Sunday, August 16, 2015

Take A Hike!

Saturday, 16 members of my 21st Century Photo Group staged a Photo Scavenger hunt in the Historic District.

The Scavenger mastermind was Charles Giet, a long-time member.

And a huge fan of all sorts of photo walkabouts by the group.

He compiled a list of 25 "items" to be found - and photographed - by the five teams of 3.

My two teammates and I had no problem with one calling for "a cannon."* Thanks David, for stuffing yourself into that barrel.

We had gathered at White Point Garden (the Battery) and had from 3:30 to 6:30 to go down the list and snap pictures.

However, each picture had to include the team's miniature yellow fan.

This ensured team members would not be tempted to split up and go off independently to search, find and take a picture.

Team effort was required.

One item on the list - a jogglin' board - caused confusion for one team's member.

She was from New York she had not ever heard of such a thing.

We were fortunate to not only know WHAT it was but spotted one in the garden of an historic Battery home and grabbed the shot we needed. Thanks Debbie for posing.

Notice the small yellow fan is in the shot. Rules are rules.

A license plate is a good one to seek on a Saturday afternoon scavenger hunt.

Charles made it doubly interesting by specifying it had to be a "West Virginia license plate."

Hmmm. Lots of tourists down around the Market area and we quickly noticed that most states had stopped having a tag on the back AND on the front.

We waked along, checking the rear end of cars, but finally found a visitor who had parked in the open air lot by where the carriages depart, next to Henry's restaurant.

One other team found theirs in a parking garage. Not as easy as it sounds!

Because we started at the Battery, one of our earliest - and easiest -  finds was "a sailboat."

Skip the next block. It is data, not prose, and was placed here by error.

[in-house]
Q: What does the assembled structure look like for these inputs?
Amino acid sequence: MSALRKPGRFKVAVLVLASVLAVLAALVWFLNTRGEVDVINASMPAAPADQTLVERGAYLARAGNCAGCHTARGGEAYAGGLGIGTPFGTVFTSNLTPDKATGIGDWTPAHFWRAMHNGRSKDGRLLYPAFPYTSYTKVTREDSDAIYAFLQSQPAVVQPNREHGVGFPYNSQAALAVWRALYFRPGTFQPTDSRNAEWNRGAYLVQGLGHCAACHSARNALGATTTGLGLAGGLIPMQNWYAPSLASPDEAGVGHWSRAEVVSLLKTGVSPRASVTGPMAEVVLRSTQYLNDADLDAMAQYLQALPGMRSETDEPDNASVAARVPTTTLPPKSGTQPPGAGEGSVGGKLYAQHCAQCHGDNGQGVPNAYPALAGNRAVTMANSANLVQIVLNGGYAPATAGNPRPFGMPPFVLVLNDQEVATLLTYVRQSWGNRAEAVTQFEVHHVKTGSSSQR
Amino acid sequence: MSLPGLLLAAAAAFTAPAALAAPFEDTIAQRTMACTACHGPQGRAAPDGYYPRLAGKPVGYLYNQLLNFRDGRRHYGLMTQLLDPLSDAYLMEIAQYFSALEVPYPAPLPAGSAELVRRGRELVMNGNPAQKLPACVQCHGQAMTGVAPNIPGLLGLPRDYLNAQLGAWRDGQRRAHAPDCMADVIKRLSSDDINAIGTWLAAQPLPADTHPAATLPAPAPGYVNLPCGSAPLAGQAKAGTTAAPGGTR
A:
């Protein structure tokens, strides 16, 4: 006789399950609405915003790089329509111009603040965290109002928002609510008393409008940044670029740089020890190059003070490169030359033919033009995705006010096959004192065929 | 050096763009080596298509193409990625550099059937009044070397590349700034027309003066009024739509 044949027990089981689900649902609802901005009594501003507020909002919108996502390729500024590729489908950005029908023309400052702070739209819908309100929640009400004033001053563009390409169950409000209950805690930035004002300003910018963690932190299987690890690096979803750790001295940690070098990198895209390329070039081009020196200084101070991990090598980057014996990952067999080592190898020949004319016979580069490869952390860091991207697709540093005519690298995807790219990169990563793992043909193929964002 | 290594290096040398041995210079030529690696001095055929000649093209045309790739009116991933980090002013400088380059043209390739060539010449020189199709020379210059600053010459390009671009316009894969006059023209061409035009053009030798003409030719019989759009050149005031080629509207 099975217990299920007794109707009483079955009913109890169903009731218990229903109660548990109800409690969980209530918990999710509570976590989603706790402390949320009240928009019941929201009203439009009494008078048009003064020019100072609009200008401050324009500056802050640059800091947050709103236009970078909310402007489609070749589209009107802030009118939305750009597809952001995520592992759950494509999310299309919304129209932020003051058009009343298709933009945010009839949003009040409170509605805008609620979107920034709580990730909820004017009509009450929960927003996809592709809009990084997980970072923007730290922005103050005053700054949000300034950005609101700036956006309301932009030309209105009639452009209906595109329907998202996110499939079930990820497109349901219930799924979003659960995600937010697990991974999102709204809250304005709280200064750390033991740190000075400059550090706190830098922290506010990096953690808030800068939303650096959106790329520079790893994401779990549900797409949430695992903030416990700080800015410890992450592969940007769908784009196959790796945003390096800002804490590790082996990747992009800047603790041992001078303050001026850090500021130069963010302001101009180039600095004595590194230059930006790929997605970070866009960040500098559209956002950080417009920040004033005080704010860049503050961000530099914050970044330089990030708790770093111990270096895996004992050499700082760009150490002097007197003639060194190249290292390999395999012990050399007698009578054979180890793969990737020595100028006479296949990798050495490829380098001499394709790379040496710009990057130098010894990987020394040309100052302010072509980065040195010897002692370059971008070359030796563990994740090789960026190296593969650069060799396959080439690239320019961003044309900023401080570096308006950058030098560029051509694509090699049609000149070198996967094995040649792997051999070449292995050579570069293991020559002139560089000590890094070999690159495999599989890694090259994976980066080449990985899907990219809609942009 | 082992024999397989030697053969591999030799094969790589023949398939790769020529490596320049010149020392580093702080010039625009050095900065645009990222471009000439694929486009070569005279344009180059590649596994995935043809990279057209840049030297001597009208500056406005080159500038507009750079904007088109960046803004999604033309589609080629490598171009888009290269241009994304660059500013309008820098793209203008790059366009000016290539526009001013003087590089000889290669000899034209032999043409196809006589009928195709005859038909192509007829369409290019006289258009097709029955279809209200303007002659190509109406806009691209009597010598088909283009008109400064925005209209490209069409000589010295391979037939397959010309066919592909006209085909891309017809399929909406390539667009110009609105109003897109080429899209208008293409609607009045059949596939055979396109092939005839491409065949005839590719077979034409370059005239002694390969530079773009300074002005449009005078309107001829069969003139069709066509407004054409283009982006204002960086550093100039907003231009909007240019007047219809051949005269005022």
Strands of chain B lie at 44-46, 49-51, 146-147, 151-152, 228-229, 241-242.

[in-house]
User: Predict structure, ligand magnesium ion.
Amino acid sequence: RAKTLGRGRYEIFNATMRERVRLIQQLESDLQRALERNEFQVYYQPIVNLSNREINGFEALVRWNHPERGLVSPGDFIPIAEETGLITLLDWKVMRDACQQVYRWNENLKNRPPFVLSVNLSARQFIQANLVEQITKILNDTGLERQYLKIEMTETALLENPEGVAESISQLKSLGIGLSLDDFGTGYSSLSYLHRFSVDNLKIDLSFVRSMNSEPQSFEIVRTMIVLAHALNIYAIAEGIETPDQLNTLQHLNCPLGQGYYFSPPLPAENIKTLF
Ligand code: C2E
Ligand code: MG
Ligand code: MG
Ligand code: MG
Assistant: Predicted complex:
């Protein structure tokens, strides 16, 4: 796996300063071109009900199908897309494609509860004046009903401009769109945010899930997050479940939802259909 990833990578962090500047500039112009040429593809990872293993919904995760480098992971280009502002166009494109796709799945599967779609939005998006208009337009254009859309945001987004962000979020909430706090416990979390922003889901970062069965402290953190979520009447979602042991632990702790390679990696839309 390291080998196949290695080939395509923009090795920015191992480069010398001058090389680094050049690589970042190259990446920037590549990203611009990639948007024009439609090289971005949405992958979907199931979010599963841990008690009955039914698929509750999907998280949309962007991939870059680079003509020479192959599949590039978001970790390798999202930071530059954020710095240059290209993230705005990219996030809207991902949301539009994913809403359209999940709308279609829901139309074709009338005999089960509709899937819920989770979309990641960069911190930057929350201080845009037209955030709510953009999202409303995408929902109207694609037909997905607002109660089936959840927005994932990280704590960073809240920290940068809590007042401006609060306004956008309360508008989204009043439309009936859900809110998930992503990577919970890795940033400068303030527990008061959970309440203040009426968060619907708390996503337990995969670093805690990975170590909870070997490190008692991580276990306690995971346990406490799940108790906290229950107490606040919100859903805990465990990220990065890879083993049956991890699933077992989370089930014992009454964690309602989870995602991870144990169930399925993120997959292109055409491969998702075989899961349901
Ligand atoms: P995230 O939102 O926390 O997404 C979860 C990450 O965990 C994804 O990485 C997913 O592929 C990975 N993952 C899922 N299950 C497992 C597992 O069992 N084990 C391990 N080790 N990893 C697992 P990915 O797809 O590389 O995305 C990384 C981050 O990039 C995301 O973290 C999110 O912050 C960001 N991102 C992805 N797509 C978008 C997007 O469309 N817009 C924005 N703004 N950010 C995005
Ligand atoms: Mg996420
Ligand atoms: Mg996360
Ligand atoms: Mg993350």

The challenge was to zoom in so the boat was clearly visible and also include the team's token - the yellow fan.

Early on, we discovered that the small fan did not have any batteries in it, so it could not be used for a cooling breeze.

No complaints on the weather though. Temps in the upper 80s, relatively low humidity and not a drop of rain. The "chance" for rain was predicted to be about 20%.

Around Meeting Street at Market, we spotted a small bridal party, really dressed to the nines.

One of our team members went over to ask if any of the ladies was wearing "stiletto heels?"

Sure enough and she was willing to hike her skirt to have the shoes photographed.

She did ask about the small yellow inoperable fan that was placed next to her right foot. 

We explained and the party went on with their downtown stroll.

Our hunt continued for a very difficult object... a "Live Lobster."

I am sure all the team members had Charles Giet on their minds as they went in and out of restaurants and even into the Harris-Teeter on East Bay Street.

It was confirmed that the store "used to" have them in a tank, but the tank had broken, etc. 

We also were told we were not the first Scavengers to come in and ask.

Apparently many upscale seafood places have them "flown in fresh daily" but none was on premises at that moment.

Ahah! The new Ruth's Chris Steak House, which has opened where Tristan's used to be, happened to have two hefty beauties relaxing in a small tank at the back of the main dining room.

The genial manager used a wooden rake-like tool to bring one up for it's photo close-up. 

Lots of splashing and claw-waving but no damage done. The confused 10-legged crustacean was told that "No, it wasn't dinner time yet," and was returned to his cold, briny home.

Did I mention we were the only team to score a photo of a live lobster? 

We gathered at A.W. Shuck's seafood 
restaurant at the conclusion of the hunt, and all the other teams admitted looking around hopefully as they entered, searching and wishing to see a lobster tank.

My team had 21 finds and tied with another team, two were tied at 18 and the fifth had tallied 17.

(Click on the photos and links for more details.)

*Yes, technically that is called a mortar but it tosses a cannon ball a long, long distance.

And...Charles Giet (standing on the far right) had researched and compiled the list so he did not participate in the Hunt. 16 were present and we formed five teams of three.

My daughter in California just sent me a note about a Scavenger Hunt they engineered for a friend's birthday. Unique and fun-filled. 

Ended with some lawn bowling.

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